“Boot camp, it’s all about creating an opportunity for these ladies to further along their leadership journey,” Kauffman said. “It’s all about knowing that you can do this, trying to do away with this self doubt that we all have.”
Creating a Native sisterhood
The word “leadership” is often used to represent the ability to take charge. It can be seen as a solitary position — sometimes equated to being the one in control.
Perhaps the biggest theme reiterated over the weekend was that good leadership is about community and connection.
“If you can create these connections and these safe spaces for women to have conversations, dialogue, dream, ask questions, be supported — they can do anything,” said Iris Friday, Tlingit, co-founder of Native Action Network and current board treasurer. “You can see it happening already. The wheels are spinning and they are thinking of ways they can have a larger voice, a seat at the table. And they now have this network of sisters who are going to support them.”
Between workshops and sessions with speakers, the women at the boot camp had time for intentional bonding — including the assignment of a random roommate.
The first night, after the scarf ceremony, leaders paired women up and told them to get to know each other and then introduce their partner to the group.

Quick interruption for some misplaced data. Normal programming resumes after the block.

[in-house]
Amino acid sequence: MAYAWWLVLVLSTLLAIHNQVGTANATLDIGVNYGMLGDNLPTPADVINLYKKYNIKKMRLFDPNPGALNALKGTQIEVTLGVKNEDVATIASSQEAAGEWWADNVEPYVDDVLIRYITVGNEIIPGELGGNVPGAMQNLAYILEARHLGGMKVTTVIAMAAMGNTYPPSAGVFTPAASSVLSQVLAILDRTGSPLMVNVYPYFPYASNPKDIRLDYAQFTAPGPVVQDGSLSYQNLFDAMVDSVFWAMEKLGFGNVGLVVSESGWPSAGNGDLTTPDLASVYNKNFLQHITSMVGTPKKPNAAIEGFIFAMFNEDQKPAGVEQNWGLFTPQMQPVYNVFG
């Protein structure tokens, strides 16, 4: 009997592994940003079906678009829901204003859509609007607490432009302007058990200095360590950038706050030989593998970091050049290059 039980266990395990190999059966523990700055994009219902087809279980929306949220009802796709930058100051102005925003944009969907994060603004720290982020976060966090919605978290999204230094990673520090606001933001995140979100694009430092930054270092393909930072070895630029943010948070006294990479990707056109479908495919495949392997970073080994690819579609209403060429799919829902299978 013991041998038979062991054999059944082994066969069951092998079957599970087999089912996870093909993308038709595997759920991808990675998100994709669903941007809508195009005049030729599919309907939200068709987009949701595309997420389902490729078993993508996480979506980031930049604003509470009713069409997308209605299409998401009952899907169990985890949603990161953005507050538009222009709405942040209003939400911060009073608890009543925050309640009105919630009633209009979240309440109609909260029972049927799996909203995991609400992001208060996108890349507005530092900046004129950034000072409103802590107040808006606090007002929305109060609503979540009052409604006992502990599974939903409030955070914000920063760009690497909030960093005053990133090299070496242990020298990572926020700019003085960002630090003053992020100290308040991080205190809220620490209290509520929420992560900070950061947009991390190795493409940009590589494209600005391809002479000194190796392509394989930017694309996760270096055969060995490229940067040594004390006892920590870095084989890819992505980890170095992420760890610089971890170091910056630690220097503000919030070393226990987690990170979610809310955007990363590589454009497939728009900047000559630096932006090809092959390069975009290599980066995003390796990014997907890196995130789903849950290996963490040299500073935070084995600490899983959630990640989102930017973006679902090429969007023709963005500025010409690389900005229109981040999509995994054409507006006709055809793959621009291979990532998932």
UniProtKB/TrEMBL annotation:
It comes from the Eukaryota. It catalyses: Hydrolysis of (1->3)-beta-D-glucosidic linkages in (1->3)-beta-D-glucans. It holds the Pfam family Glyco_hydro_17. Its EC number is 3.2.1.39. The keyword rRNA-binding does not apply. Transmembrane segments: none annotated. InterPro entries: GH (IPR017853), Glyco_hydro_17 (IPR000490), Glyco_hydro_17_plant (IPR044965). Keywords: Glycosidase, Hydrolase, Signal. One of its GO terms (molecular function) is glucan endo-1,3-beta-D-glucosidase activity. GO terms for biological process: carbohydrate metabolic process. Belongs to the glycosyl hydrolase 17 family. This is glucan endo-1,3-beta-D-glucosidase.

On Saturday, they participated in an active trust exercise led by an IslandWood staff member.
A short walk through the woods led to “the whale watch,” essentially a giant teeter-totter. The women had to work together as a team to get everyone on the platform and have it totally balanced, with a few participants staying on the sidelines to guide the process. Accompanied by laughter and cheers, the group was successful. Afterward, they reflected on the different communication styles and trust the activity had required.
Later that night, the women gathered by a fire and opened up about their lives. Some shared secrets they had never told.
“You’re not alone. We’re here for you,” said Misha Rodarte, Diné, vice president of Native Action Network. “That’s what this is all about. Our sisterhood, our community.”
On the last day, the group of women gathered outdoors in a circle. As they shared their reflections on the weekend, there was barely a dry eye in the group.
“Only Native women will laugh and cry at the same time so beautifully,” said Breanna Foulkes, Puyallup, a participant in the boot camp.
Going around the circle, the women expressed an overwhelming sense of connection, friendship, love, belonging, empowerment and a strong call to action.
“I want to say thank you to you because you invested in yourselves,” Kauffman said. “We as Native women need to do that. It’s really investing in the future.”
Lead photo: From left, Emma Jo Velador, Quinault and Mexican; Jeannette Allen, Niimiipuu (Nez Perce); and Christina Fernandez Laigo, Sisseton-Wahpeton Oyate of the Lake Traverse Reservation, celebrate as the team successfully balances another teammate on the giant teeter-totter during a trust exercise at the Native Action Network “A Seat at the Table” Advocacy Boot Camp. (Nika Bartoo-Smith, ICT/Underscore News)